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Sophocles's Play: Greek Theater and Psychological Game Theory

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Laurent Gauthier

Abstract

The application of economic approaches, in particular game theory, to literature (Brams 2011) or to historical narratives (Mongin 2018) has seen some development over time but has generally remained an off-the-run endeavour, one important issue being that they may reflect the authors' interpretation more than the underlying texts. A loosely related body of research, focused on quantitative approaches to character relations in literature, has shown their complexity but not provided any theoretical framework (Kenna, MacCarron, and MacCarron 2017; Labatut and Bost 2019). We aim to bridge this gap by focusing on decision in drama as devices for writers to produce works of optimal interest to their audience. We use the apparatus of psychological game theory (Gilboa and Schmeidler 1988; Battigalli and Dufwenberg 2020) in order to represent the tension between surprise and convention in literary work, and obtain certain theoretical optimal patterns. We test this model on the earliest plays available, from the Greek theater of the 5th century BC, which were produced in a highly competitive environment. We show that the frequency of refusals and of important decisions, the unpredictability of these important decisions, the distribution of decisions among characters, and of the timing between actions, all behave in a manner consistent with the model.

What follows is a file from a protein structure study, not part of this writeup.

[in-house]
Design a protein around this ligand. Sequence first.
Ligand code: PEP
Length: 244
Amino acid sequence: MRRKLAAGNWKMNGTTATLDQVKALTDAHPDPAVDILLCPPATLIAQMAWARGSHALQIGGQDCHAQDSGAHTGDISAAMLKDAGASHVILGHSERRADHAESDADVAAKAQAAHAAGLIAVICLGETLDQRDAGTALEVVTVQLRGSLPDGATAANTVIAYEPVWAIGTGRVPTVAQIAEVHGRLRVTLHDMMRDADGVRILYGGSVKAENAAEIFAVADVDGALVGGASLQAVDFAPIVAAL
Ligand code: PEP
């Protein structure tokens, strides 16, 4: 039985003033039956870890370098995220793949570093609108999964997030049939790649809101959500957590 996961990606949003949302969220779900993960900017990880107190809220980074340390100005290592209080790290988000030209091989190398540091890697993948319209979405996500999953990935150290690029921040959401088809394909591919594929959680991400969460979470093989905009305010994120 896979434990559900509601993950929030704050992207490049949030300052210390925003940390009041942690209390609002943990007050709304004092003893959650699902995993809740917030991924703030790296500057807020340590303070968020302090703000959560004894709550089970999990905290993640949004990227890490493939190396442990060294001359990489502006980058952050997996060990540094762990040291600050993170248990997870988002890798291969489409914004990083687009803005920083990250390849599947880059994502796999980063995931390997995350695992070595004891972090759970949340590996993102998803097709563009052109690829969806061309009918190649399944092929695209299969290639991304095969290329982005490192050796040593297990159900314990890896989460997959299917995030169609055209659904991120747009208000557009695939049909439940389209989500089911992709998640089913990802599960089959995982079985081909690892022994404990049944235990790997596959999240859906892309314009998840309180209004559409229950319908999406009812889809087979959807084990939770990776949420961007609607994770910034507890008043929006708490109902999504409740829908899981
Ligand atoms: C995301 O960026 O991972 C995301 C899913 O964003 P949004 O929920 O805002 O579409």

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hal-03754913 , version 1 (20-08-2022)

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  • HAL Id : hal-03754913 , version 1

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Laurent Gauthier. Sophocles's Play: Greek Theater and Psychological Game Theory. 2022. ⟨hal-03754913⟩
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